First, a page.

Salter – Light Years

Light YearsMrs. Dalloway Meets Emma Bovary While The Sun Also Rises.

Salter, James (1975/1995). Light Years. New York: Vintage.

If you enjoy lyrical writing, fine descriptions, acutely observed personalities, this book is for you. It’s an impressionistic portrait of two main characters, Viri and his wife, Nedra, who begin the novel married, and end it unmarried. They have children, they grow older, and they die. Along the way, they don’t face any serious challenges. There are no fires, floods, political upheavals, financial collapses, terrorist attacks, car crashes, drug addictions, career achievements, promotions, adventures, or triumphs. Nobody is curious about anything, nobody attempts anything, nobody learns, nobody changes.

Instead, Viri and Nedra are aesthetes. They care about movies, theater, literature, paintings, architecture, music, country living, high-end shopping, fine wine, and gourmet cooking. And sex, which is casual and plentiful.

Perhaps “care” is too strong a word. These characters certainly consume the arts, but they don’t study or participate in them, or produce anything more than sock puppets, scrapbooks, and line drawings. They apparently have a mountain of money to support their aesthetic, sheltered, self-absorbed and idyllic lifestyle, though the source of funds is never explained. He’s a mediocre, unknown architect in New York and she’s a housewife.

In short, the characters are not interesting or believable. They face no challenges and they reveal nothing of themselves. Instead, the third-person narrator tells us what they supposedly think, believe, and feel. Love is declared, tears are displayed, but none of it is adequately motivated. The strongest motivational thread is that both characters fear ageing. At age 34, Nedra obsesses over wrinkles. Viri worries, in his fifties, that life has passed him by. This obsession with ageing makes the characters seem even more superficial. Unfortunately, I don’t think Salter was trying to make an ironic point. They really are just vacuous characters.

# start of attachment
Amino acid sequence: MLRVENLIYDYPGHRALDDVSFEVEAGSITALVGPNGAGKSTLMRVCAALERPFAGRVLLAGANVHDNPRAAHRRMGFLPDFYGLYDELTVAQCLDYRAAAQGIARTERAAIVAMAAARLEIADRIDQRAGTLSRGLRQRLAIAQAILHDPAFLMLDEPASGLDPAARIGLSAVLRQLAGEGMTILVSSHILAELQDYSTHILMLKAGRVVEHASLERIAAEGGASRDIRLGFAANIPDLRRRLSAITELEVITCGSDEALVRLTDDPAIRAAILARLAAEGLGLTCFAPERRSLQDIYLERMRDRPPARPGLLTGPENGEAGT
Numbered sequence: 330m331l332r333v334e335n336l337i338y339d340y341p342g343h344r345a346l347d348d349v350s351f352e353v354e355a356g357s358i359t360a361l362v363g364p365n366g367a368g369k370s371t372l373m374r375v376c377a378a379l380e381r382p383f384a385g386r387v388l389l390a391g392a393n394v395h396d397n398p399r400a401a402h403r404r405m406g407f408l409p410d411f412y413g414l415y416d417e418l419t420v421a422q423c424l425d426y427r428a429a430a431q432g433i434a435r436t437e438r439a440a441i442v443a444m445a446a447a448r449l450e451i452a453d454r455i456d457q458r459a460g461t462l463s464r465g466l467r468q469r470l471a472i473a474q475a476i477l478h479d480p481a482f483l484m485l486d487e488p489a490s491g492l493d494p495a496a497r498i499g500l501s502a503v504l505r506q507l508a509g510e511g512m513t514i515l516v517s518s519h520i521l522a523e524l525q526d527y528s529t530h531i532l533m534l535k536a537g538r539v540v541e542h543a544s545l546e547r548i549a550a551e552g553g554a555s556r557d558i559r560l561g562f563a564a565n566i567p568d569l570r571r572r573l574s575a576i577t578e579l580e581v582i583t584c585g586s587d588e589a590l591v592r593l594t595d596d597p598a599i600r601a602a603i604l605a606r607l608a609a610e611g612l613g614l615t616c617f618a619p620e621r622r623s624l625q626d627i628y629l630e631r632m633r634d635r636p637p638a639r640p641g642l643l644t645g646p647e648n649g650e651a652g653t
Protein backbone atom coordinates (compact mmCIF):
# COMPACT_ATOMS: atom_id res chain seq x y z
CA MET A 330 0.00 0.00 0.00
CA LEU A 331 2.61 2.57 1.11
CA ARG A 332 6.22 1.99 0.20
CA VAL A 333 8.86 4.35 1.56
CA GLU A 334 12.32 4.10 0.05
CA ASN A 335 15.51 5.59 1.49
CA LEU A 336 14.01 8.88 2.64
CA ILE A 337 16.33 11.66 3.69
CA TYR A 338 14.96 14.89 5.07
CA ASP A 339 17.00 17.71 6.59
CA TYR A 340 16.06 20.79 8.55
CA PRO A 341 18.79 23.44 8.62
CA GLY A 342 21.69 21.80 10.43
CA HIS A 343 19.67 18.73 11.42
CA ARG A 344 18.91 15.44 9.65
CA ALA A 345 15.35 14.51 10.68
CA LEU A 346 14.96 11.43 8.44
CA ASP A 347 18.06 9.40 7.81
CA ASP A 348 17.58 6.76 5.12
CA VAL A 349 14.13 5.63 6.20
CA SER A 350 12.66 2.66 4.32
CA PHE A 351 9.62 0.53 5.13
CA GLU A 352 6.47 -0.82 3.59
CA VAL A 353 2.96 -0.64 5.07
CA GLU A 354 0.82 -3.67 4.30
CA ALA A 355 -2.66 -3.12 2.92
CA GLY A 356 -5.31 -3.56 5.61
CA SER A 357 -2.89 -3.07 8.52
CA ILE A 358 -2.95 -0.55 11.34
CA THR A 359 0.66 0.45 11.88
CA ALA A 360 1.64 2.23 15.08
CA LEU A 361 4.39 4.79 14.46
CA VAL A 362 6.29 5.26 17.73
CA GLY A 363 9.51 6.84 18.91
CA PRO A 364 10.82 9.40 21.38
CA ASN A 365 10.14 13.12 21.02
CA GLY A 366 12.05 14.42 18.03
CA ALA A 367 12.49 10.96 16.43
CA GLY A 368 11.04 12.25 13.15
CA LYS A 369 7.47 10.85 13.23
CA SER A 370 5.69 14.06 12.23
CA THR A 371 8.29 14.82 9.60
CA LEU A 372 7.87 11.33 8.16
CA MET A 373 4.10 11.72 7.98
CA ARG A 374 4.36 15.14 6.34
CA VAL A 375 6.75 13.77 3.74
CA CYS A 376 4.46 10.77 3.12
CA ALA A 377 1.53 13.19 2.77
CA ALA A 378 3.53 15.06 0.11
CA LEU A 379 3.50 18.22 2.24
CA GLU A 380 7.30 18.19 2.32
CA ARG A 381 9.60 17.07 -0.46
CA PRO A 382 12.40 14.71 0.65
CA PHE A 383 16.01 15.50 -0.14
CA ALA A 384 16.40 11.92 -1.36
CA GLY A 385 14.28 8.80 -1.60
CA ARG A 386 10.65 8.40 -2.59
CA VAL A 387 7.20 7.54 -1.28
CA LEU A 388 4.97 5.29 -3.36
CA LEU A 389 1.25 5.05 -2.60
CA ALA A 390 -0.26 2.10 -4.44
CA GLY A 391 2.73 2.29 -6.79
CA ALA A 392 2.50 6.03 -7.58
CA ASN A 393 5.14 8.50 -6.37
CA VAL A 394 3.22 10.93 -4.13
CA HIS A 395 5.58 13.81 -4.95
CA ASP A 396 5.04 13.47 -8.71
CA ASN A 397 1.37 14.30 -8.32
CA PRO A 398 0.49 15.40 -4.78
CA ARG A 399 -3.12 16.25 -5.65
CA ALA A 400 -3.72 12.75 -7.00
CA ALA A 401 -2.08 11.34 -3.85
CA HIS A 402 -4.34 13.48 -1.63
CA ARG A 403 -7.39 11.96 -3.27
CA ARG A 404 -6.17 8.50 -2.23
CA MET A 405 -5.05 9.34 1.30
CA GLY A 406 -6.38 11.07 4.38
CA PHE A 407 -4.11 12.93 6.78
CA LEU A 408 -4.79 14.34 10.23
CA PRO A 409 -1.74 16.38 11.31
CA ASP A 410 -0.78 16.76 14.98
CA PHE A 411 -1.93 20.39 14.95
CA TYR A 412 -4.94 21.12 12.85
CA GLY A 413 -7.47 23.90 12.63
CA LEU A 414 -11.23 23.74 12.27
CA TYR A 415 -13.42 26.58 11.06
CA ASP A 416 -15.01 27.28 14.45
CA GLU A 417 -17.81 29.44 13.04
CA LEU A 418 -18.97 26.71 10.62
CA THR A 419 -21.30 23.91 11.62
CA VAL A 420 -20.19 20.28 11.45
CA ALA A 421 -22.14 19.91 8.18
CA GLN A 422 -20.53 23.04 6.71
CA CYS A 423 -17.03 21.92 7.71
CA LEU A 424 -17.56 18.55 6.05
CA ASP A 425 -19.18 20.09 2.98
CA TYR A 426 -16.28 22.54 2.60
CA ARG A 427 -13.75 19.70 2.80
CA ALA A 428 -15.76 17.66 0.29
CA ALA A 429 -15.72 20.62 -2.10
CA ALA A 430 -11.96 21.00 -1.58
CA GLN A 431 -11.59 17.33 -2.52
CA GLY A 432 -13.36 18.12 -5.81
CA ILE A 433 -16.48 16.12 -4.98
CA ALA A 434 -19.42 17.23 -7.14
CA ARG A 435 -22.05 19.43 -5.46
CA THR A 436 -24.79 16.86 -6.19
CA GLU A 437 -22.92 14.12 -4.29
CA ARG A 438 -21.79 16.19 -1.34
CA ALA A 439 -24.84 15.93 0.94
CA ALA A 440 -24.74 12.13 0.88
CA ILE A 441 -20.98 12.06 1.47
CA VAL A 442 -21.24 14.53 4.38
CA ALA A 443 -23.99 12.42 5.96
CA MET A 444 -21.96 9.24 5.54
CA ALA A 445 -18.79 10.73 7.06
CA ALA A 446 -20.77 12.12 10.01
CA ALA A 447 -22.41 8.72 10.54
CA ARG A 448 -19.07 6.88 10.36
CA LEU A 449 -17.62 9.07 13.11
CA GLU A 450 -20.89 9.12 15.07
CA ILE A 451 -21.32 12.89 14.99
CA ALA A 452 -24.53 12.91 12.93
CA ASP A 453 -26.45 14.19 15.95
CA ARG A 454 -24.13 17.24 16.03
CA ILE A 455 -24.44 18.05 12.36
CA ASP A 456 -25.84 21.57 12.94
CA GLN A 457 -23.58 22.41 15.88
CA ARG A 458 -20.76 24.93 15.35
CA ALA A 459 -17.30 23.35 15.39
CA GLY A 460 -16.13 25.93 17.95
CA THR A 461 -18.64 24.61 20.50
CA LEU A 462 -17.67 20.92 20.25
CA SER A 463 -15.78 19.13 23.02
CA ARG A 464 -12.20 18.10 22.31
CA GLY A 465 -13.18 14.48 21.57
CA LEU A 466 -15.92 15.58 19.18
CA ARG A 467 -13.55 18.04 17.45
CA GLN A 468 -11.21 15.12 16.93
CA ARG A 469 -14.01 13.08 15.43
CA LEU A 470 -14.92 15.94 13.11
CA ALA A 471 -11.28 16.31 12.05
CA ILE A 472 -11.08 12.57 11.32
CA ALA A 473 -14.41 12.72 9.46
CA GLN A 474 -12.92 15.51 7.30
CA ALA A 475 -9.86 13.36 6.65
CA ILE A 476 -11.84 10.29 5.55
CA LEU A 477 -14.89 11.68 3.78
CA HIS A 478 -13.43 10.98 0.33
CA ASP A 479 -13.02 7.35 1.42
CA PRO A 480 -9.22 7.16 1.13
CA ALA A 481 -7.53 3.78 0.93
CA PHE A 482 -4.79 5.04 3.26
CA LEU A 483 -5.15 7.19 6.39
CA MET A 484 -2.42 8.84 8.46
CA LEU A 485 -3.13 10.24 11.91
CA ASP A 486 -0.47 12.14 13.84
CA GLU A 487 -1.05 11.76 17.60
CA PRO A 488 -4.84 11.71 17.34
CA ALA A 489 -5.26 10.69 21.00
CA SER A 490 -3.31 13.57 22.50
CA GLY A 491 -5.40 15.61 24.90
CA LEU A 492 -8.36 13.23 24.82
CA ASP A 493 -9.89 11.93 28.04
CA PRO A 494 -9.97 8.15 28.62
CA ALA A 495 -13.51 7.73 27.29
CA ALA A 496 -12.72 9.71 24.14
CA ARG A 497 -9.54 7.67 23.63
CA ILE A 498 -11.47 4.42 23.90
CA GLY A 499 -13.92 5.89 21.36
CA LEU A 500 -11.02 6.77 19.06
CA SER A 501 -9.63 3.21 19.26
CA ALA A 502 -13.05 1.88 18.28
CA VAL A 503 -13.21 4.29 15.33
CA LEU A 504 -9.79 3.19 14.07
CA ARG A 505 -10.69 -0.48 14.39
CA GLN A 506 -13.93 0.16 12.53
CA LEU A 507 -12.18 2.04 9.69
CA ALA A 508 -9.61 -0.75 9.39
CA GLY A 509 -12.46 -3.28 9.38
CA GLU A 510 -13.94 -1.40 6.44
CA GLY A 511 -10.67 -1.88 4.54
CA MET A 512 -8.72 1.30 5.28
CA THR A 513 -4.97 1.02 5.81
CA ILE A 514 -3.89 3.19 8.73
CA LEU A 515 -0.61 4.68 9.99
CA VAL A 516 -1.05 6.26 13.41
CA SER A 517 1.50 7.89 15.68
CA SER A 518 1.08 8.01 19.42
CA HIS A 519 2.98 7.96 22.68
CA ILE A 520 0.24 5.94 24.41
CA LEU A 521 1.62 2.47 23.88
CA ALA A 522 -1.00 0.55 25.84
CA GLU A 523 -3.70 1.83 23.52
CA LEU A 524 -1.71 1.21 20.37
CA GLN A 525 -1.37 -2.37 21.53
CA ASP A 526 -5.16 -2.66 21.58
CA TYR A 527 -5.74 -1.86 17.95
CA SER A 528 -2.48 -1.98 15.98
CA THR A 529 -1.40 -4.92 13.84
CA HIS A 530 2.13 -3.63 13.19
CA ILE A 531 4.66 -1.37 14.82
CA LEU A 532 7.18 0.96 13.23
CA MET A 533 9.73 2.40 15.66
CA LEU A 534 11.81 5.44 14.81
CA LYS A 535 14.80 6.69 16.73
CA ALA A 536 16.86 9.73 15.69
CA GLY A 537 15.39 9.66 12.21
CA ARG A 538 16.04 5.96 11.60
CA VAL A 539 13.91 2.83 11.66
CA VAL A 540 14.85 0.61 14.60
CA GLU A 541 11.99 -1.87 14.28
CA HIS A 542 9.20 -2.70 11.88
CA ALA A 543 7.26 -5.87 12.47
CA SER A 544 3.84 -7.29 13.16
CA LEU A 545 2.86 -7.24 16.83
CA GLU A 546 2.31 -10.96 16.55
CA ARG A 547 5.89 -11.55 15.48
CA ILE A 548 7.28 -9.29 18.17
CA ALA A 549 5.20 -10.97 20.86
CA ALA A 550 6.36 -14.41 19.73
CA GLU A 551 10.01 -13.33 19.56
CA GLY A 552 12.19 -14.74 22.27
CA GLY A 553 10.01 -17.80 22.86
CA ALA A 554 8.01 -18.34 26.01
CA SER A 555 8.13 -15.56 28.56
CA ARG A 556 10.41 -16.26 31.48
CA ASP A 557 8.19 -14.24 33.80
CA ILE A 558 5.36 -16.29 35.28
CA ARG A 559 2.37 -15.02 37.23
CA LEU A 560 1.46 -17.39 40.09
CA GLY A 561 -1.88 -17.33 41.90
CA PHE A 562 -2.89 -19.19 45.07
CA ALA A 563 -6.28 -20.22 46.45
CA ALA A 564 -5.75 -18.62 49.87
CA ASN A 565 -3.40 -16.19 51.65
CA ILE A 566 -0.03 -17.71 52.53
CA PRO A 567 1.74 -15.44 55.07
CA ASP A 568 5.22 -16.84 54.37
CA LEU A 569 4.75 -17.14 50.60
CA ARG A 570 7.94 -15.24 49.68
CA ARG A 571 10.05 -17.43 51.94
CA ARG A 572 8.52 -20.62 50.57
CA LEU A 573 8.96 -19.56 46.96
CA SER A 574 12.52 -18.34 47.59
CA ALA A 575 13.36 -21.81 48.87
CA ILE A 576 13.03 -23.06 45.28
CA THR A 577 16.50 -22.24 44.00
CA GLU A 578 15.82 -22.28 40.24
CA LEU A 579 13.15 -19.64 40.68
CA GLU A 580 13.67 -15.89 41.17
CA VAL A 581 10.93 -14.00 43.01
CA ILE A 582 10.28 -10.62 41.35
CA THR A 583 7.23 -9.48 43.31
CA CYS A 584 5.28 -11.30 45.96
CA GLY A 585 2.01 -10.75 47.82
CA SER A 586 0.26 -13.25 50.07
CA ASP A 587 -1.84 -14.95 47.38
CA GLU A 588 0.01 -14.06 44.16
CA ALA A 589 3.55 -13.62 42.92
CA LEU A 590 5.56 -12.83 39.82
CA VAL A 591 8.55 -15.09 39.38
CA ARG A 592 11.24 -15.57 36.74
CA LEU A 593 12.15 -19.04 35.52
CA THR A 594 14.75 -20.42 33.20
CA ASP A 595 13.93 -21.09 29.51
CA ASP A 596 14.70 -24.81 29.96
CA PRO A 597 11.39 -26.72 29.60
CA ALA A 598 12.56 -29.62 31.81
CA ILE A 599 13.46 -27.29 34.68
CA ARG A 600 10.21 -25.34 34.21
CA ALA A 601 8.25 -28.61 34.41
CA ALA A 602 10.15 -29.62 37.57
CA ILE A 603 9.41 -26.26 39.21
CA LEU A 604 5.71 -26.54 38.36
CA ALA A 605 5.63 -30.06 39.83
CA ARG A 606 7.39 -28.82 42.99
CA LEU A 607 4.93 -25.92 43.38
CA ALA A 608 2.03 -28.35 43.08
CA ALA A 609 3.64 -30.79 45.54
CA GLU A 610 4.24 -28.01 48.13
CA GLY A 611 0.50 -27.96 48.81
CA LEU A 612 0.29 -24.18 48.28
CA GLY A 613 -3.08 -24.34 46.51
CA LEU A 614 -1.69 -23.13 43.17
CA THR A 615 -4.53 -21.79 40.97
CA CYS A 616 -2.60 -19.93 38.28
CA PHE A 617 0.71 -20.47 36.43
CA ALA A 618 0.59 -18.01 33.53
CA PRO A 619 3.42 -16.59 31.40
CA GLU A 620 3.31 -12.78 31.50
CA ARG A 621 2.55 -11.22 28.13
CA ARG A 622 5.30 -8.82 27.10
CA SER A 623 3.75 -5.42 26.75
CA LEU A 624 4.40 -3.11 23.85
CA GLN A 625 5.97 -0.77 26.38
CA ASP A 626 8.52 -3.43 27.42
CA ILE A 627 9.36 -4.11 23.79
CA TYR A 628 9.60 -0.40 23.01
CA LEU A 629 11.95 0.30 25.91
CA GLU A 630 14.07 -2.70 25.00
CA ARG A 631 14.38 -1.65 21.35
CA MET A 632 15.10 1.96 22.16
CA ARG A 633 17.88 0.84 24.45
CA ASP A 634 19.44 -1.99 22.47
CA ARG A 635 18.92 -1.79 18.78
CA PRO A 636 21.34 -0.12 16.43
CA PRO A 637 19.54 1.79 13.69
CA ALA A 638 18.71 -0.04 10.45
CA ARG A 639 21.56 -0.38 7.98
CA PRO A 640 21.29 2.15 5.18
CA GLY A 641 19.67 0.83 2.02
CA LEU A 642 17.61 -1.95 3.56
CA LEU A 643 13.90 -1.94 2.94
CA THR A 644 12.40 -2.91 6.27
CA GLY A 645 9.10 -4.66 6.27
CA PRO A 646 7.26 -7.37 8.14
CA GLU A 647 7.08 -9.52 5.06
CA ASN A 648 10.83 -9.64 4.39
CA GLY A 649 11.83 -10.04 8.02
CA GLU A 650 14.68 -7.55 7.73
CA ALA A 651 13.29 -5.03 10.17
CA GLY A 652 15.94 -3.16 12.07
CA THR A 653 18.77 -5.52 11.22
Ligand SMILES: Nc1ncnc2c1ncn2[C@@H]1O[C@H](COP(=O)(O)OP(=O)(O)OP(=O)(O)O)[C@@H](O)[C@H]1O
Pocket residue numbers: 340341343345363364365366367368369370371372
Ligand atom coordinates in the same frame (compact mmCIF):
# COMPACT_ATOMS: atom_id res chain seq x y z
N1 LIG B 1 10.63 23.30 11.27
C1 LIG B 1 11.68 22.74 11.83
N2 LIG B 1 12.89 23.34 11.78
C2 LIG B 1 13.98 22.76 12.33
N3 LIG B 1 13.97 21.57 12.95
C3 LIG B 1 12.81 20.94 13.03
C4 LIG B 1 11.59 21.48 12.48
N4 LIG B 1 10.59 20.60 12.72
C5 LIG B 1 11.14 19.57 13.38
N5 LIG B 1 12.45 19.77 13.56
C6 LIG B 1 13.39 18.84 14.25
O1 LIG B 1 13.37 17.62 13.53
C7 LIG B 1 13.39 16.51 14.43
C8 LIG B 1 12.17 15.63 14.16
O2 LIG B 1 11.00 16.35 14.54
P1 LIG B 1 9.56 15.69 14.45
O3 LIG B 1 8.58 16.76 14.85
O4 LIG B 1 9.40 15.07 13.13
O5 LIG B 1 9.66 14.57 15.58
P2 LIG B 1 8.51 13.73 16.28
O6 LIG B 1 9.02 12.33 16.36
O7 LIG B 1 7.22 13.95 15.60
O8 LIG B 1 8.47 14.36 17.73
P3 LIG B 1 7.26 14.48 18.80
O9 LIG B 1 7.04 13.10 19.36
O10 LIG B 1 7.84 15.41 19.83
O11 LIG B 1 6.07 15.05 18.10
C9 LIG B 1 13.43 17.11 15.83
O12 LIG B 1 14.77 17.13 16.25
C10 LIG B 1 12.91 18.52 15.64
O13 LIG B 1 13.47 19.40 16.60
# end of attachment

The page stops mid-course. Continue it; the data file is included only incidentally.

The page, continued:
I characterize the book as a fine example of prose poetry, loosely wrapped in a sentimental slice-of-life story. It’s really all about the writing and the excellent observation and phenomenology. At random:

“Life is weather. Life is meals. Lunches on a blue checked cloth on which salt has spilled. The smell of tobacco. Brie, yellow apples, wood-handled knives” (p. 25).

“In the woman who overwhelms us there must be nothing familiar. Faye was telling a story about Arnaud buying an airplane; it wouldn’t fly, she said, wasn’t that typical? …Viri tried not to stare. He was helpless at gatherings like this where the conversation was rapid and cynical, the encounters remote as at a dancing class” (p. 31).

“The walls were a faded turquoise, a curious color he no longer disliked” (p. 69)

“He wore a white cap and a ribbed shirt, pants the color of tobacco or certain perfumes, and a scarf for a belt” (p. 107).

“The book was in her lap; she had read no further. The power to change one’s life comes from a paragraph, a lone remark” (p. 161).

“Is illness an accident, or is it a kind of choice, the way love is a choice – hidden, involuntary, but sure as a fingerprint?” (p 254).

Despite very enjoyable writing like this, Salter does sometimes slip into grotesquely overwritten sentimentality, a problem that arises from trying to develop characters who lack genuine interiority. Still, on balance, the writing pulled me through to the end and I’m glad to have met James Salter.


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